Re: [OAUTH-WG] OAuth 2.1 - require PKCE?

Aaron Parecki <aaron@parecki.com> Thu, 07 May 2020 23:38 UTC

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From: Aaron Parecki <aaron@parecki.com>
Date: Thu, 7 May 2020 16:38:34 -0700
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To: Dick Hardt <dick.hardt@gmail.com>
Cc: OAuth WG <oauth@ietf.org>, Torsten Lodderstedt <torsten@lodderstedt.net>, Mike Jones <Michael.Jones@microsoft.com>
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Subject: Re: [OAUTH-WG] OAuth 2.1 - require PKCE?
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Backing up a step or two, there's another point here that I think has been
missed in these discussions.

PKCE solves two problems: stolen authorization codes for public clients,
and authorization code injection for all clients. We've only been talking
about authorization code injection on the list so far. The quoted section
of the security BCP (4.5.3) which says clients can do PKCE or use the
nonce, is only talking about preventing authorization code injection.

The nonce parameter solves authorization code injection if the client
requests an ID token. Public clients using the nonce parameter are still
susceptible to stolen authorization codes so they still need to do PKCE as
well.

The only case where OpenID Connect clients don't benefit from PKCE is if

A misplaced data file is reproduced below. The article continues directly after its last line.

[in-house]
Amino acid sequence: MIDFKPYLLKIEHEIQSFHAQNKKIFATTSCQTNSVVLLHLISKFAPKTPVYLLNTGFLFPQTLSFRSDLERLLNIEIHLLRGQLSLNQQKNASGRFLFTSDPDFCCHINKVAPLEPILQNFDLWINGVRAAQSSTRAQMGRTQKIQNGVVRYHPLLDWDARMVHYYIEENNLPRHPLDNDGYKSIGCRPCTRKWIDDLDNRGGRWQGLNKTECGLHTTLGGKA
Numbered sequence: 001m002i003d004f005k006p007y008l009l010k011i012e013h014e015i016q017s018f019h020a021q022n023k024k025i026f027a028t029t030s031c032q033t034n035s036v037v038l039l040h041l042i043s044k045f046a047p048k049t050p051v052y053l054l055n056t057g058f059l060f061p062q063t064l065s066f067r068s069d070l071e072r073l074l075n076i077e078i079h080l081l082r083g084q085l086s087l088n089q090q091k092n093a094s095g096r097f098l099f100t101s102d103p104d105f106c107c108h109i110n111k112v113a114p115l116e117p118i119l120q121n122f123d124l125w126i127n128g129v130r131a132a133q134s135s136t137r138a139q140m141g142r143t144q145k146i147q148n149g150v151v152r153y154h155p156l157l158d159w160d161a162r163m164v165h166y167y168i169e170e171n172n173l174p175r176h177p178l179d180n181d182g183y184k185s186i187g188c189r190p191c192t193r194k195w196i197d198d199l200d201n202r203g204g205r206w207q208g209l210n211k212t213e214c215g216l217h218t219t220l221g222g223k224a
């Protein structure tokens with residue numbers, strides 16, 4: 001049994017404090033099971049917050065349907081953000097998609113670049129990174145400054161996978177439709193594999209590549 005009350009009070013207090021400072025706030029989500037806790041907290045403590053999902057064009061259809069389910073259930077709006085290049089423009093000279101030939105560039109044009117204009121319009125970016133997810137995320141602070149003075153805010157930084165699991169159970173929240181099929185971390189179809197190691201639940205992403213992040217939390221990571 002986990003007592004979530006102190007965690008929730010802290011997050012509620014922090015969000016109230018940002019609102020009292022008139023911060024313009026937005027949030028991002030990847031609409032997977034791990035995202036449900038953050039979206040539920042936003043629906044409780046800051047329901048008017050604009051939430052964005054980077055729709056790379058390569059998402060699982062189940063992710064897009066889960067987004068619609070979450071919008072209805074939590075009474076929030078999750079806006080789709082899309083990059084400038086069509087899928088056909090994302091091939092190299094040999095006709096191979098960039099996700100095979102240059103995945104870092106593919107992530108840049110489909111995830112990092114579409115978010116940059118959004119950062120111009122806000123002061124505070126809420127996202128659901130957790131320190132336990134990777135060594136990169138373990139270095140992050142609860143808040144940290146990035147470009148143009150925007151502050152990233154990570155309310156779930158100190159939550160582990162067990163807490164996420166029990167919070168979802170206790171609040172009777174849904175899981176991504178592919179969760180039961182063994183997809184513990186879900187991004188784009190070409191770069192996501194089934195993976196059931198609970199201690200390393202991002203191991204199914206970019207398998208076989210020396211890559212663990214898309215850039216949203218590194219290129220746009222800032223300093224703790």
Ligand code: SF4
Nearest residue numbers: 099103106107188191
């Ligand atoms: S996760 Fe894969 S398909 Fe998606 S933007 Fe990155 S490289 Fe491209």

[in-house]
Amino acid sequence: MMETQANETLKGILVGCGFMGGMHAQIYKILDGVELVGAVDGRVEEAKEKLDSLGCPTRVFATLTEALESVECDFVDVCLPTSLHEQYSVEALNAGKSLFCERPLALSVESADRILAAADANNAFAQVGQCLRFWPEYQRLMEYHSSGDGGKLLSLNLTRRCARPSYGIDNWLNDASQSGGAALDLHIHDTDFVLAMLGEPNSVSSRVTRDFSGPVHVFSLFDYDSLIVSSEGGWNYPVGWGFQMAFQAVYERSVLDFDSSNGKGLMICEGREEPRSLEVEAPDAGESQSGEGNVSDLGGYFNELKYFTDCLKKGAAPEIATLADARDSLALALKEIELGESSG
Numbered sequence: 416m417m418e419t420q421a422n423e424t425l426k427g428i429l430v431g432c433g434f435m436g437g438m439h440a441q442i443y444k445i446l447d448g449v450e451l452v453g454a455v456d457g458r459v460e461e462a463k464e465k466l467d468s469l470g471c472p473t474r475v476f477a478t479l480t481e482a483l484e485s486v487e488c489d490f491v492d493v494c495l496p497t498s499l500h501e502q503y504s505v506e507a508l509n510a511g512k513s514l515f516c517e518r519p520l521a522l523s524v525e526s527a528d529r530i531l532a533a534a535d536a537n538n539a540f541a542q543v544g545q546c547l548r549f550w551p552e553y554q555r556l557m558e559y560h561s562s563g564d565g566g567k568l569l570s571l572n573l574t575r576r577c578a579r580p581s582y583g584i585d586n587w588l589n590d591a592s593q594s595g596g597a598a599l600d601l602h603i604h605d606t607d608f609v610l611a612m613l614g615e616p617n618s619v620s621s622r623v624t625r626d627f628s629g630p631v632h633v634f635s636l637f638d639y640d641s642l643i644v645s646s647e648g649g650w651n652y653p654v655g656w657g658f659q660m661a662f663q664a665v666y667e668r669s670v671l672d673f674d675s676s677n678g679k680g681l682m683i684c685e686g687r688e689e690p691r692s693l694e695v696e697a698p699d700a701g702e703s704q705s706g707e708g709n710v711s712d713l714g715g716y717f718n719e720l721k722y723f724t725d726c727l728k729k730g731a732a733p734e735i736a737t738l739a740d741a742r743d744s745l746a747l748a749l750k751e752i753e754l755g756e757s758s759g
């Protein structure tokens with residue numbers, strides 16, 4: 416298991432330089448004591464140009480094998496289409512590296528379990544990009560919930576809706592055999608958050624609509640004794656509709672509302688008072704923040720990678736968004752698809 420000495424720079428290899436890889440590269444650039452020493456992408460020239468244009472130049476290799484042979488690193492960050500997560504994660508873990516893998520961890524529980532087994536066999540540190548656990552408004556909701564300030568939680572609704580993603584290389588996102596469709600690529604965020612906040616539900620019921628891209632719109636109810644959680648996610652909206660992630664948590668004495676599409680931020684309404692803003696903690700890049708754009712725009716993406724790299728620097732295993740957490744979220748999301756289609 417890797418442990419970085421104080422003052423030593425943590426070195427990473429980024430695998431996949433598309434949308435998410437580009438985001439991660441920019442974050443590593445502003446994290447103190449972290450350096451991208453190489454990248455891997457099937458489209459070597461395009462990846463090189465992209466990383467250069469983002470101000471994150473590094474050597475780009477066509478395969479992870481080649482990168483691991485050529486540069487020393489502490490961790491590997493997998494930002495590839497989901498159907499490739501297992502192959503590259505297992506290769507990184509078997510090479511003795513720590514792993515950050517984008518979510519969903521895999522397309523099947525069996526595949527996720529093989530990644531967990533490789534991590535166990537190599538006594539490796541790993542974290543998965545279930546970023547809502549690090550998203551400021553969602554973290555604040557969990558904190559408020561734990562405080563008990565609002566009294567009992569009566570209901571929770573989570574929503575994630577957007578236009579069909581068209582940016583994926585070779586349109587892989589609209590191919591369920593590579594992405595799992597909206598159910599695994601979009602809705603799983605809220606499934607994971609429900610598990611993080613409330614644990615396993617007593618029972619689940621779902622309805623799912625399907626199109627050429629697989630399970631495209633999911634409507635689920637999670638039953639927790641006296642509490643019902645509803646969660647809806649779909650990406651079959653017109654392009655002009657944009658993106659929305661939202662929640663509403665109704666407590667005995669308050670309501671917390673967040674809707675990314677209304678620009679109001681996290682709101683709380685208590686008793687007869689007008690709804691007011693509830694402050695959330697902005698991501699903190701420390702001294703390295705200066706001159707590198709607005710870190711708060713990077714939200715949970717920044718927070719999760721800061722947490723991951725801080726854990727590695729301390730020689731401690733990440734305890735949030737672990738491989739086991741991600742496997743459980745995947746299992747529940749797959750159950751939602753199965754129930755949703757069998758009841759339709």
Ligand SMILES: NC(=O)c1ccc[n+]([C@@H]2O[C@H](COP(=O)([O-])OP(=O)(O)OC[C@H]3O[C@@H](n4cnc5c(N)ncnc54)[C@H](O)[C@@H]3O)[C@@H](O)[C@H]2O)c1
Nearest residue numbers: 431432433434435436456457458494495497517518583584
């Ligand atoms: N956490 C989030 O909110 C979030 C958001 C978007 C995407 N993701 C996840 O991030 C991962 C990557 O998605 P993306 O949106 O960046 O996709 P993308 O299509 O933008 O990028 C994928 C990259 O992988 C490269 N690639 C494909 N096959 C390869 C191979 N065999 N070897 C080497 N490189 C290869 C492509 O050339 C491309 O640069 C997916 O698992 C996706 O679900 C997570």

they are also confidential clients. Public client OIDC clients still need
to do PKCE even if they check the nonce.

OpenID Connect servers working with confidential clients still benefit from
PKCE because they can then enforce the authorization code injection
protection server-side rather than cross their fingers that clients
implemented the nonce check properly.

I really don't think it's worth the amount of explanation this will take in
the future to write an exception into OAuth 2.1 or the Security BCP for
only some types of OpenID Connect clients when all clients would benefit
from PKCE anyway.

Aaron



On Wed, May 6, 2020 at 10:48 AM Dick Hardt <dick.hardt@gmail.com> wrote:

> Hello!
>
> We would like to have PKCE be a MUST in OAuth 2.1 code flows. This is best
> practice for OAuth 2.0. It is not common in OpenID Connect servers as the
> nonce solves some of the issues that PKCE protects against. We think that
> most OpenID Connect implementations also support OAuth 2.0, and hence have
> support for PKCE if following best practices.
>
> The advantages or requiring PKCE are:
>
> - a simpler programming model across all OAuth applications and profiles
> as they all use PKCE
>
> - reduced attack surface when using  S256 as a fingerprint of the verifier
> is sent through the browser instead of the clear text value
>
> - enforcement by AS not client - makes it easier to handle for client
> developers and AS can ensure the check is conducted
>
> What are disadvantages besides the potential impact to OpenID Connect
> deployments? How significant is that impact?
>
> Dick, Aaron, and Torsten
>
> ᐧ
>